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The Korean hearsay rule and the protocol

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  • The Korean hearsay rule and the protocol
  • Kim, Heekyoon
  • Seoul National University(BK 21 Law)


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Title The Korean hearsay rule and the protocol
Similar Titles
Material Type Articles
Author(English)

Kim, Heekyoon

Publisher

[Seoul]:Seoul National University(BK 21 Law)

Date 2010
Journal Title; Vol./Issue Journal of Korean Law:vol. 10(no. 1)
Pages 30
Subject Country South Korea(Asia and Pacific)
Language English
File Type Link
Subject Government and Law < Laws and Legislation
Holding Seoul National University

Abstract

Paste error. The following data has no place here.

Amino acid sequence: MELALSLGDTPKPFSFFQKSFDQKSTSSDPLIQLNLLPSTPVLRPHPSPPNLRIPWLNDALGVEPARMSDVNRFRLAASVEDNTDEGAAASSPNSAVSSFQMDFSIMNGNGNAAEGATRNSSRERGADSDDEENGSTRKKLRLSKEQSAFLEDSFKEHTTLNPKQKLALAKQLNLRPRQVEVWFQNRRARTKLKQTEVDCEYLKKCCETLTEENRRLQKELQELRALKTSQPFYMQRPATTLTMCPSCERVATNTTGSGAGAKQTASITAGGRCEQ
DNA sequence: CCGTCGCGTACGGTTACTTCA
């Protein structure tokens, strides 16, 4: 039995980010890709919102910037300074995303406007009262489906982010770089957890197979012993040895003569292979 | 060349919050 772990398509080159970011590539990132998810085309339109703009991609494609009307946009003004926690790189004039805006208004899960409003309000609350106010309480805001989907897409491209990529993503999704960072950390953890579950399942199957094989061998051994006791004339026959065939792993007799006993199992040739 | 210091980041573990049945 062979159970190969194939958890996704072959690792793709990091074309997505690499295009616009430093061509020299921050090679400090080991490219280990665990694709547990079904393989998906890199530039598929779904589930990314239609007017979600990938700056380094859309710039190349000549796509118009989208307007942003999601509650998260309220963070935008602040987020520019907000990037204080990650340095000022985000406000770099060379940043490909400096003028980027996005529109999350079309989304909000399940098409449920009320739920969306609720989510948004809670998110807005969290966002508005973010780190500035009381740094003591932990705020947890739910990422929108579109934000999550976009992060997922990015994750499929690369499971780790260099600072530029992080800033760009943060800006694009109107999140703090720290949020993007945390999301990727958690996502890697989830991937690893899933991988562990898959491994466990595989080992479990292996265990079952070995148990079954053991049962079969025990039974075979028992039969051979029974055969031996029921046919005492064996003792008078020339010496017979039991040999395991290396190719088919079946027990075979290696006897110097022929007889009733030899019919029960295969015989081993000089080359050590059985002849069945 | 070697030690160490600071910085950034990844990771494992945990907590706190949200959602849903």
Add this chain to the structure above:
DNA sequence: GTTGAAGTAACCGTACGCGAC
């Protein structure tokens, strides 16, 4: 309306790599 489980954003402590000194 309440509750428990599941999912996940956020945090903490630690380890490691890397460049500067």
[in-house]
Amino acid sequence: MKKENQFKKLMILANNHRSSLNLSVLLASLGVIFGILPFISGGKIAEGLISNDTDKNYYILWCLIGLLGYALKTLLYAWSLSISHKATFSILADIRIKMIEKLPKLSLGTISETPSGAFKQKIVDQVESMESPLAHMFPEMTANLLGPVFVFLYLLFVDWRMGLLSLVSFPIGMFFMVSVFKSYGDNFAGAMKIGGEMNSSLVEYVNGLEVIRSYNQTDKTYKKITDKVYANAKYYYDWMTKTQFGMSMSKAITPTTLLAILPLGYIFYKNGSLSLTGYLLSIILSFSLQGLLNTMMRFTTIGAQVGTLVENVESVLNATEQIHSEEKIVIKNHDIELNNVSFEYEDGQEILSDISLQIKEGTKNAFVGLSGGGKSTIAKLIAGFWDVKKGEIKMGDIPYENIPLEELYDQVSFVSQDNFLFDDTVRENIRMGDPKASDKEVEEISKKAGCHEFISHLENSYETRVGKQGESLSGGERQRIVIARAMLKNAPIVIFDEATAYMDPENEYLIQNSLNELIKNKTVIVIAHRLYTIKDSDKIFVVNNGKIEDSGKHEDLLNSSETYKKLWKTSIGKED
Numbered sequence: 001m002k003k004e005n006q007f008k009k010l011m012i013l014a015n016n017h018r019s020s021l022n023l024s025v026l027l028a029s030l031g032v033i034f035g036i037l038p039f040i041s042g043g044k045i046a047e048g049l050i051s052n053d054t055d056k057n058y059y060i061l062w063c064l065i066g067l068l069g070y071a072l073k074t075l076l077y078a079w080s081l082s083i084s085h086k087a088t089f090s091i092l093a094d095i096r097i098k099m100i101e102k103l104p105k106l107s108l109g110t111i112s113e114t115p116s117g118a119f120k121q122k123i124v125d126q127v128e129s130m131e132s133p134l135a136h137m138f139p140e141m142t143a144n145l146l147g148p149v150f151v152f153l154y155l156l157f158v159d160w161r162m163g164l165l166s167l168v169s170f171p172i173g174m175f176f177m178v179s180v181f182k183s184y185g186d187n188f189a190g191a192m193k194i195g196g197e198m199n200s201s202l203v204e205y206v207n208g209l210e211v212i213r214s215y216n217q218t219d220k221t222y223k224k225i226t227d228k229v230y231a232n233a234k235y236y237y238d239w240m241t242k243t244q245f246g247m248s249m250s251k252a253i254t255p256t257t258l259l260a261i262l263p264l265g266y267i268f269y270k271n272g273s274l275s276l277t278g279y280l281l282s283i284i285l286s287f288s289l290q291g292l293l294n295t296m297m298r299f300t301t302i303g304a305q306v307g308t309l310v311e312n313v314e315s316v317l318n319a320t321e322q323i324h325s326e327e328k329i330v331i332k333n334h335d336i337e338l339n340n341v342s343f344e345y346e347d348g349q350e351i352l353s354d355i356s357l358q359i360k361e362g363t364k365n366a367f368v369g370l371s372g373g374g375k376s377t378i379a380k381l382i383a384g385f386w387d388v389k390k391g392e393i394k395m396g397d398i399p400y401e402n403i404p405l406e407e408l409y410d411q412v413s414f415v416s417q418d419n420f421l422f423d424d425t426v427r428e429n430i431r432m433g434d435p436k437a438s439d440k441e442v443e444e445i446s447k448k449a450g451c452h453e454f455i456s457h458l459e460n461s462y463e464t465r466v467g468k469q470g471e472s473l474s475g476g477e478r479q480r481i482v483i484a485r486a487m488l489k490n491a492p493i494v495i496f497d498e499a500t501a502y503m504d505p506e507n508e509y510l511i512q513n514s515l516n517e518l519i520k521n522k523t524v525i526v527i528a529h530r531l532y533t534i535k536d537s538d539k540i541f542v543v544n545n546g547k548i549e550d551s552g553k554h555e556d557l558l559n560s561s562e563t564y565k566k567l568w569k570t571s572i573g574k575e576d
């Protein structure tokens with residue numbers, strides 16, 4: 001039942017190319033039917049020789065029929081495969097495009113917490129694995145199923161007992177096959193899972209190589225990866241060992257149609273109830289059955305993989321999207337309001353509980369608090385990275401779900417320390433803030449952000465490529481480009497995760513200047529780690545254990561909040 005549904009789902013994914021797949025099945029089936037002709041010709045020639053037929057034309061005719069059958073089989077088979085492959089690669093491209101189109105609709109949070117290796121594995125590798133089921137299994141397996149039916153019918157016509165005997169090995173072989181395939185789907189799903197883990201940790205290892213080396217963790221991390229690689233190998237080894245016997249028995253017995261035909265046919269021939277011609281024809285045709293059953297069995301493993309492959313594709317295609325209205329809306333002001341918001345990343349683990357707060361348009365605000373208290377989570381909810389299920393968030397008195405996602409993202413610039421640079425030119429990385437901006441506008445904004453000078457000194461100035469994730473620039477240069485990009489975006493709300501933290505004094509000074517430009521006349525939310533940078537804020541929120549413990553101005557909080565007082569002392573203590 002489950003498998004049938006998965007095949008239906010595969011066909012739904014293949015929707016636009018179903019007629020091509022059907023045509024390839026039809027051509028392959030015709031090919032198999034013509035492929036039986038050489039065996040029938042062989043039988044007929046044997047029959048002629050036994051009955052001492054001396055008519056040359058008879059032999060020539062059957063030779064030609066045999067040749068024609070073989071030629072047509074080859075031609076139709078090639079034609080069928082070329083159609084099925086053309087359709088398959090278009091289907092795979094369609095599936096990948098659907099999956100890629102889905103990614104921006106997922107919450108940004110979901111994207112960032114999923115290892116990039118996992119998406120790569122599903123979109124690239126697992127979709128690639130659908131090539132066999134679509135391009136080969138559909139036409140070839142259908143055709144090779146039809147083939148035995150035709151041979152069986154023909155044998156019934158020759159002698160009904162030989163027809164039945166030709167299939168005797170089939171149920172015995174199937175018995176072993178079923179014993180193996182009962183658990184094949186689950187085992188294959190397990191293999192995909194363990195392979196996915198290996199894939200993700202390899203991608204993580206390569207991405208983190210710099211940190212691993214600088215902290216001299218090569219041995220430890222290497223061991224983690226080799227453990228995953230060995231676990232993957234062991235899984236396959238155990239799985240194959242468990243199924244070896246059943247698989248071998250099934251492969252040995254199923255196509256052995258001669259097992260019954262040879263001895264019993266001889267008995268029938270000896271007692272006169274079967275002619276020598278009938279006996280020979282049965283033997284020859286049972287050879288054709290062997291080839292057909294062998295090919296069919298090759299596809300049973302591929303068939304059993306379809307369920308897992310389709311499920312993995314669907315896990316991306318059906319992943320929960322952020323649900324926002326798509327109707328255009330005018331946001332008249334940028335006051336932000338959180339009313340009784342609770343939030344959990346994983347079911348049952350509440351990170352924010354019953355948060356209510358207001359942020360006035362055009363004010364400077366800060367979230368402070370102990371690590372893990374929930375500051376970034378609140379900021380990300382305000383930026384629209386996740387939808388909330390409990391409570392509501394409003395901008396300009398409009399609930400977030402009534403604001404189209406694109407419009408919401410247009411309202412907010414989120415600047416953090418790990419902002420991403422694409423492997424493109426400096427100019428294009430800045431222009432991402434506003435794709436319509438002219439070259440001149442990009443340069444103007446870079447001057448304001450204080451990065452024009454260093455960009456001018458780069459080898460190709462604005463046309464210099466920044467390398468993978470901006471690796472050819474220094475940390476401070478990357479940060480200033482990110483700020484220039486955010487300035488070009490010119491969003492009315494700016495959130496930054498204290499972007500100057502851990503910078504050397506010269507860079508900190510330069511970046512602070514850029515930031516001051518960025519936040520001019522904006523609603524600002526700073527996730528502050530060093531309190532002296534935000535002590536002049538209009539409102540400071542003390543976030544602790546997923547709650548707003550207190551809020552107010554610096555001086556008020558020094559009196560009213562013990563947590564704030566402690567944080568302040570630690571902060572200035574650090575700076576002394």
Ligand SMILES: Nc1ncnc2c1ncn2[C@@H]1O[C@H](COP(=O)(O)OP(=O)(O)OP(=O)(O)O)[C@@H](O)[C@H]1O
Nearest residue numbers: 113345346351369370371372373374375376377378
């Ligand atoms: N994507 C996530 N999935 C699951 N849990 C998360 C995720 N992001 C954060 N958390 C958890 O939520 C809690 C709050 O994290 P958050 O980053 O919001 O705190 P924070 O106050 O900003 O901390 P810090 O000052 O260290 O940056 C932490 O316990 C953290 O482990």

Later in the course of the democratic reformation of the justice system, the Judiciary, supported by the civil rights groups and a majority of the legislators, tried to limit prosecutorial and police power. More precisely, they opposed the “dossier-building” practice in the pre-trial stage that the prosecutor dominates. Thus they decided to control it. The best way would be to deny protocols’ admissibility and to encourage the parties to offer more live testimonies. The rule against hearsay basically guarantees this paradigm shift. The amendment also opened the way for calling those who heard the suspects’ statements’. But trial judges prefer to read protocols in office in preparation for trials. The videotape is not even in the list of substantial evidence. Certainly, the protocols containing PIS have lost their authoritative voice. (The rest omitted)